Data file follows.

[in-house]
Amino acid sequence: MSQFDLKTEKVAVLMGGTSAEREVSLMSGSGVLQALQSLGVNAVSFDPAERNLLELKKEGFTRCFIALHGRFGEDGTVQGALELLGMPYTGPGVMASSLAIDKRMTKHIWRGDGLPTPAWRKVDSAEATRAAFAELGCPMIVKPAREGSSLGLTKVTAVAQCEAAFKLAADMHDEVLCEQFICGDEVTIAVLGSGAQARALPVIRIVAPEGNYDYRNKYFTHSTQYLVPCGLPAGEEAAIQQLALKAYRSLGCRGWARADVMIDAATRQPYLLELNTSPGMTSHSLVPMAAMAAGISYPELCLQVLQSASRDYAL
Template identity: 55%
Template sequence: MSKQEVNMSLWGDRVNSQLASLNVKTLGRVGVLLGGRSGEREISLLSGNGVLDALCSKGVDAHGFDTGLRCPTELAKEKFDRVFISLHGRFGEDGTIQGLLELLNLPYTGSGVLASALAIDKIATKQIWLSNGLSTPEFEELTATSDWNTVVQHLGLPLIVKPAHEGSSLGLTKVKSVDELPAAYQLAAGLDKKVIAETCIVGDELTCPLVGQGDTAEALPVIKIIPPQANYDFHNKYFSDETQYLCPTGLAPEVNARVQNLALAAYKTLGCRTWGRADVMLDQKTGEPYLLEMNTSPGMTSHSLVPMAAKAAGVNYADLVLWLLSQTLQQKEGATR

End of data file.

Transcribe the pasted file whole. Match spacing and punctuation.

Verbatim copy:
[in-house]
Amino acid sequence: MSQFDLKTEKVAVLMGGTSAEREVSLMSGSGVLQALQSLGVNAVSFDPAERNLLELKKEGFTRCFIALHGRFGEDGTVQGALELLGMPYTGPGVMASSLAIDKRMTKHIWRGDGLPTPAWRKVDSAEATRAAFAELGCPMIVKPAREGSSLGLTKVTAVAQCEAAFKLAADMHDEVLCEQFICGDEVTIAVLGSGAQARALPVIRIVAPEGNYDYRNKYFTHSTQYLVPCGLPAGEEAAIQQLALKAYRSLGCRGWARADVMIDAATRQPYLLELNTSPGMTSHSLVPMAAMAAGISYPELCLQVLQSASRDYAL
Template identity: 55%
Template sequence: MSKQEVNMSLWGDRVNSQLASLNVKTLGRVGVLLGGRSGEREISLLSGNGVLDALCSKGVDAHGFDTGLRCPTELAKEKFDRVFISLHGRFGEDGTIQGLLELLNLPYTGSGVLASALAIDKIATKQIWLSNGLSTPEFEELTATSDWNTVVQHLGLPLIVKPAHEGSSLGLTKVKSVDELPAAYQLAAGLDKKVIAETCIVGDELTCPLVGQGDTAEALPVIKIIPPQANYDFHNKYFSDETQYLCPTGLAPEVNARVQNLALAAYKTLGCRTWGRADVMLDQKTGEPYLLEMNTSPGMTSHSLVPMAAKAAGVNYADLVLWLLSQTLQQKEGATR